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1.  Tertiary paediatrics needs a disability model 
PMCID: PMC1718402  PMID: 10868997
2.  Exploring the scope for advocacy by paediatricians 
PMCID: PMC1718303  PMID: 10836938
4.  Release of a soluble ATPase from the rabbit isolated vas deferens during nerve stimulation 
British Journal of Pharmacology  2000;131(5):909-914.
The properties of the ATPase released during electrical field stimulation (EFS) (8 Hz, 25 s) of the sympathetic nerves of the superfused rabbit isolated vas deferens were investigated.Superfusate collected during EFS rapidly metabolised exogenous ATP (100 μM) and 50% was broken down in 5.67±0.65 min. The main metabolite was ADP, virtually no AMP was produced and adenosine was absent. No enzyme activity was seen in samples collected in the absence of EFS.Lineweaver-Burke analysis of the initial rates of ATP hydrolysis gave a KM of 40 μM and Vmax of 20.3 nmol ATP metabolized min−1 ml−1 superfusate. ATPase activity was unaffected by storage at room temperature for 24 h, but was abolished at pH4 or by heating at 80°C for 10 min.ARL 67156 inhibited ATP breakdown in a concentration-dependent manner (IC50=25 μM (95% confidence limits=22–27 μM), Hill slope=−1.06±0.04).When EFS was applied three times at 30 min intervals, ATP metabolism was 20–30% less in superfusate collected during the second and third stimulation periods compared with the first. ATPase activity was released in a frequency-dependent manner, with significantly greater activity seen after stimulation at 4 and 8 Hz than at 2 Hz.In conclusion, EFS of the sympathetic nerves in the rabbit vas deferens causes release of substantial ATPase, but little ADPase activity into the extracellular space. This contrasts with the guinea-pig vas deferens, which releases enzymes that degrade ATP to adenosine. Thus, the complement of enzymes released by nerve stimulation is species-dependent.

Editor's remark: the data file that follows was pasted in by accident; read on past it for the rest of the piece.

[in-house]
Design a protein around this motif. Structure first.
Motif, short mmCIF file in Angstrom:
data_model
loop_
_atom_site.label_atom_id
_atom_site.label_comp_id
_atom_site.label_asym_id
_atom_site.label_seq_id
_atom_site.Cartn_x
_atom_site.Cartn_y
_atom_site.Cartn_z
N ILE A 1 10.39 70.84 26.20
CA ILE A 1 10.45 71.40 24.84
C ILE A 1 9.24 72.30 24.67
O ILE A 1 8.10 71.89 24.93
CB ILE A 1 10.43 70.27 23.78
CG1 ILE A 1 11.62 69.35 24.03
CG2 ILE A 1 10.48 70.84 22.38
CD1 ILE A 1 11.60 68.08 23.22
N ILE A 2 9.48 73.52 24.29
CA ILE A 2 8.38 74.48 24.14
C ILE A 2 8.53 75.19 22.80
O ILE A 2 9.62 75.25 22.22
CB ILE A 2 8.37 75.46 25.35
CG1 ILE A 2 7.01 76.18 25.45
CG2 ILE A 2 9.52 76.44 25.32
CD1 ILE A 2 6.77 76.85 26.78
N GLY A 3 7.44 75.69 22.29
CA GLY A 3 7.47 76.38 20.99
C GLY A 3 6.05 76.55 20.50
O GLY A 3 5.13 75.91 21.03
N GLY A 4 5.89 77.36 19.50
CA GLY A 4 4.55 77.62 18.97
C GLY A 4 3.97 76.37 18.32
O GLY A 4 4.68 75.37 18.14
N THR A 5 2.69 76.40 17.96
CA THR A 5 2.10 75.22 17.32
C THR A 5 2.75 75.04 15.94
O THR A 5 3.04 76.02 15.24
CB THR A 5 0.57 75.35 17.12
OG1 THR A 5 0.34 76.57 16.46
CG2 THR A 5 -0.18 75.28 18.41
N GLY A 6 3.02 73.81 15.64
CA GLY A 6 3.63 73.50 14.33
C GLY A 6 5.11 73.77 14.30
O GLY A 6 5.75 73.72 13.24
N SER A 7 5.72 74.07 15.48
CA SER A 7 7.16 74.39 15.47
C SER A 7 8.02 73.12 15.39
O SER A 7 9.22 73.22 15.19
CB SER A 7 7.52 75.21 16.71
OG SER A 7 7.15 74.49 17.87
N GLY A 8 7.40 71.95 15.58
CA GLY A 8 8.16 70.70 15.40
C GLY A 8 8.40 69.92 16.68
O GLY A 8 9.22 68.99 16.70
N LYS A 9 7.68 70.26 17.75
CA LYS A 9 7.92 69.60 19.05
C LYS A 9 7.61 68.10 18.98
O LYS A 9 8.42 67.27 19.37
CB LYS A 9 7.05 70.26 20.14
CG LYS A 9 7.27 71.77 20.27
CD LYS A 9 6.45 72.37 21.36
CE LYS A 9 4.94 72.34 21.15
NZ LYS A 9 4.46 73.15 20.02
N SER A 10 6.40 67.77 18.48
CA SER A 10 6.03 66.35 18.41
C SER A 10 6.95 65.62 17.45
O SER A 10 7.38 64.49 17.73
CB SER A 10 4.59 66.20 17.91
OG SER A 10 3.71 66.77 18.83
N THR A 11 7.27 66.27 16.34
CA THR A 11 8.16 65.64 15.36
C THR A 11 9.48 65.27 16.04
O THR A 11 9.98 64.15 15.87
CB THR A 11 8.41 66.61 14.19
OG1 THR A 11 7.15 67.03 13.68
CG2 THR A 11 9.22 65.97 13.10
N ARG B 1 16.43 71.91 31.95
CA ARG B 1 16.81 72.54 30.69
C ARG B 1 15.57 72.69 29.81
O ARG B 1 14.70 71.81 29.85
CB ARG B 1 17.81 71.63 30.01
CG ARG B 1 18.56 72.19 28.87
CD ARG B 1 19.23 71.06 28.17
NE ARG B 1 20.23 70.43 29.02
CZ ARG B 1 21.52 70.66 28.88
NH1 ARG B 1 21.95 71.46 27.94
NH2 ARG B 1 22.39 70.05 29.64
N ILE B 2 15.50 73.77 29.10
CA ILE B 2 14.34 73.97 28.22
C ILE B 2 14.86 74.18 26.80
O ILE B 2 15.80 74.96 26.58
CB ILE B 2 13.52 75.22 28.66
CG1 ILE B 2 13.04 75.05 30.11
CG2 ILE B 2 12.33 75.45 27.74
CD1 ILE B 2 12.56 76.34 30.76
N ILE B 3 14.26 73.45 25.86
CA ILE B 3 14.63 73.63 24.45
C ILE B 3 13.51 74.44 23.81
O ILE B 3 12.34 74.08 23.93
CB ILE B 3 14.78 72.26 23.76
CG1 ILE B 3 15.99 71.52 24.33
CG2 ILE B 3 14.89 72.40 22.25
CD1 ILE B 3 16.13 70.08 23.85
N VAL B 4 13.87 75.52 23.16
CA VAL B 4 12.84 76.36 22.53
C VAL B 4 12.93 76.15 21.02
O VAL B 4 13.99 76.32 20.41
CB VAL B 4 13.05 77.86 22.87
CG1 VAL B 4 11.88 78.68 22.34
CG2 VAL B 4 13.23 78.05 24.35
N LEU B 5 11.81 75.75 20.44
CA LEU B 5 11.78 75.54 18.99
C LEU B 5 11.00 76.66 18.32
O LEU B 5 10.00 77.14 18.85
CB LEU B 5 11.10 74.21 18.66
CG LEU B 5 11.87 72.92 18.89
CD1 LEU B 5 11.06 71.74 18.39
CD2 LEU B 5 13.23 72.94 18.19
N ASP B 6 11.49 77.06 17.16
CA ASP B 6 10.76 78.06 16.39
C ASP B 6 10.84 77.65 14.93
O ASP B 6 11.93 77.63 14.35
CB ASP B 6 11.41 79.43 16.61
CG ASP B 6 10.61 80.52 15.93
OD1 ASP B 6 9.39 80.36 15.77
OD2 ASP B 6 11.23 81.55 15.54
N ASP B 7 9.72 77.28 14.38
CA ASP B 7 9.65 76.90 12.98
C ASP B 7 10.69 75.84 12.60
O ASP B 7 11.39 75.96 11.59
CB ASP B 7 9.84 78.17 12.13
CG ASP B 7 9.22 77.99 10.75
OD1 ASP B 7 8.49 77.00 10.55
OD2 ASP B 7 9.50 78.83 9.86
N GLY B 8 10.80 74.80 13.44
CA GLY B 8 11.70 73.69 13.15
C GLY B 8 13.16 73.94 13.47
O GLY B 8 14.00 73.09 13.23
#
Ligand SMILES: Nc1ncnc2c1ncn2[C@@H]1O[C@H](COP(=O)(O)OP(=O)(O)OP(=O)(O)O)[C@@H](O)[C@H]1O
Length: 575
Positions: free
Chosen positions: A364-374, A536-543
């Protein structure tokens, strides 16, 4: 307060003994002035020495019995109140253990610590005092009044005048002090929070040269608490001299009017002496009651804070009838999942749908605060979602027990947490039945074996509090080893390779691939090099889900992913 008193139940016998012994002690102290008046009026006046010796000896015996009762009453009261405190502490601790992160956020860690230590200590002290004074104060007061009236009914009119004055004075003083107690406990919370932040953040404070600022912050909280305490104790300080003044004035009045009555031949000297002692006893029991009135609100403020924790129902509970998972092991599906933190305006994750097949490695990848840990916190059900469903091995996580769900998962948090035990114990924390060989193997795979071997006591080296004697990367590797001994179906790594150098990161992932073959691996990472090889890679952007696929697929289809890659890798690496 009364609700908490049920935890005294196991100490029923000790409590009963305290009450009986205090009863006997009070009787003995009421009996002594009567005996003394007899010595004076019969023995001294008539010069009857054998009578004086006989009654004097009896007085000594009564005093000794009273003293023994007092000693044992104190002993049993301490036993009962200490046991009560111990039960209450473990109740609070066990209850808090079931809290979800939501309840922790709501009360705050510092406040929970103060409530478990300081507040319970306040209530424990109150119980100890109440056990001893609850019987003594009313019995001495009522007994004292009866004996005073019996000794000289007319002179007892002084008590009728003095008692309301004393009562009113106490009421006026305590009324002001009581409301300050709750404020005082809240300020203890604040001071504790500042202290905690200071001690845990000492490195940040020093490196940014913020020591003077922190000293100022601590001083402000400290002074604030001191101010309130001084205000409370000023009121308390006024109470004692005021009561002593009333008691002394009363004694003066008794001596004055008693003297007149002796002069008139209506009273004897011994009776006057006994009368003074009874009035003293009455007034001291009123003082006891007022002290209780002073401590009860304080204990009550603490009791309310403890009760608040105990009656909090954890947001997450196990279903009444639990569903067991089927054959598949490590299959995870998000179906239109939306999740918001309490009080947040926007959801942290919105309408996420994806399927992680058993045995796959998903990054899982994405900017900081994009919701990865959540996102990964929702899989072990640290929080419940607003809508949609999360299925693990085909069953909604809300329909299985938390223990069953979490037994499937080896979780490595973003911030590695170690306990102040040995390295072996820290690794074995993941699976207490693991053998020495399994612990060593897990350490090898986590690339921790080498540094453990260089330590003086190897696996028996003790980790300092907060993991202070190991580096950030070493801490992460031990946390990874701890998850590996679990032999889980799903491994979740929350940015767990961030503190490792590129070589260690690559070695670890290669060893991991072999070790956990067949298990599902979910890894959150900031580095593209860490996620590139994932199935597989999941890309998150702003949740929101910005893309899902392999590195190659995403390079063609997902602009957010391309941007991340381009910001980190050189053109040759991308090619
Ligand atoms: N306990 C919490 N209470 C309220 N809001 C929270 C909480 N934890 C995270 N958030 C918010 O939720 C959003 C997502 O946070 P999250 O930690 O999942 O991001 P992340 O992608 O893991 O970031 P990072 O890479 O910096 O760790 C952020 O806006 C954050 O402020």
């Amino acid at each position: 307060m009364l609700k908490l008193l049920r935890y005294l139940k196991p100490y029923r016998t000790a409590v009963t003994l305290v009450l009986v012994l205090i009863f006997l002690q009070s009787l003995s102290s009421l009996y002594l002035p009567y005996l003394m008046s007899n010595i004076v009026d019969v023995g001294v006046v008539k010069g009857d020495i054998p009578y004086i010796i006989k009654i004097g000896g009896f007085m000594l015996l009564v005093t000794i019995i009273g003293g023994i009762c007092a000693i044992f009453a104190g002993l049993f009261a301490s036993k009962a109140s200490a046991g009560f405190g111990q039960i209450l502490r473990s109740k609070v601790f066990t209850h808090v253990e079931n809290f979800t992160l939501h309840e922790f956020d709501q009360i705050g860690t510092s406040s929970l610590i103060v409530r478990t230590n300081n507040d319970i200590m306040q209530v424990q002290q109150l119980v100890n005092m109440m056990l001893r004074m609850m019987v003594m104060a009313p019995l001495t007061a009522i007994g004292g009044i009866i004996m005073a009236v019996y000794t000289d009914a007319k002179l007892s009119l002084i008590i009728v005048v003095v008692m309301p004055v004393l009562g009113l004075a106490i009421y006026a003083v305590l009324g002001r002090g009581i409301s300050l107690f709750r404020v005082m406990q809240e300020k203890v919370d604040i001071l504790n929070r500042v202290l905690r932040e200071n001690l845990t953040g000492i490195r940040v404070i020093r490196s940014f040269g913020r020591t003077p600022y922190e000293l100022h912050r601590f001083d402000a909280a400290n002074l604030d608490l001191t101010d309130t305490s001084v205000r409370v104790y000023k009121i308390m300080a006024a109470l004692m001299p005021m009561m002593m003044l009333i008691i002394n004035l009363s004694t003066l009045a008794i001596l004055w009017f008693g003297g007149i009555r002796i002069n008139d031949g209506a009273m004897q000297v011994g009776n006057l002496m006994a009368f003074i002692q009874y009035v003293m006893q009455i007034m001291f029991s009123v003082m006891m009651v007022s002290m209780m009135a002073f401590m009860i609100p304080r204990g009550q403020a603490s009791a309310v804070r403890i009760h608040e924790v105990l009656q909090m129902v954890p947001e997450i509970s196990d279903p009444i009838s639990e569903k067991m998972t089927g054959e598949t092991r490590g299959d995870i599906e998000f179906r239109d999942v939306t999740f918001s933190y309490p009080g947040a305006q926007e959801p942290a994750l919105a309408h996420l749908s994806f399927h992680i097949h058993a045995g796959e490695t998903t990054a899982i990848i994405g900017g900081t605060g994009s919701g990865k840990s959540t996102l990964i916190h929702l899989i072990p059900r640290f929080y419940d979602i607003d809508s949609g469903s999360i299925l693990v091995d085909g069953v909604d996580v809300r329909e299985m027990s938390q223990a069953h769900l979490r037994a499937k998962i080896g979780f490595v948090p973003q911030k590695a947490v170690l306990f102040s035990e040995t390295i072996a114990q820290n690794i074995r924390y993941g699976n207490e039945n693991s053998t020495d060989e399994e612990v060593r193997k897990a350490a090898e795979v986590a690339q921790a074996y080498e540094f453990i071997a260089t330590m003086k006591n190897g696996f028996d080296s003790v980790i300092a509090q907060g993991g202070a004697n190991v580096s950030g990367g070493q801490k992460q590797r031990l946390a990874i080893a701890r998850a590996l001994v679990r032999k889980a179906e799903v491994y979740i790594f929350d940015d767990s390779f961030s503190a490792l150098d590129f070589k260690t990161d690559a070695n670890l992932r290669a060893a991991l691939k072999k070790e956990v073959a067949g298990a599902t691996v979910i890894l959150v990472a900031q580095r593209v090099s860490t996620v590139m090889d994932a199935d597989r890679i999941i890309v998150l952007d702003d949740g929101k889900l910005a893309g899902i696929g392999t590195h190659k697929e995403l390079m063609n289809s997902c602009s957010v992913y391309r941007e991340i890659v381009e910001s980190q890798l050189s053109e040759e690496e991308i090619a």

PMCID: PMC1572418  PMID: 11053210
ARL 67156; ATP; ATPase; purinergic neurotransmission; vas deferens
7.  Giving guidance on child discipline  
BMJ : British Medical Journal  2000;320(7230):261-262.
PMCID: PMC1117468  PMID: 10650004

Results 1-7 (7)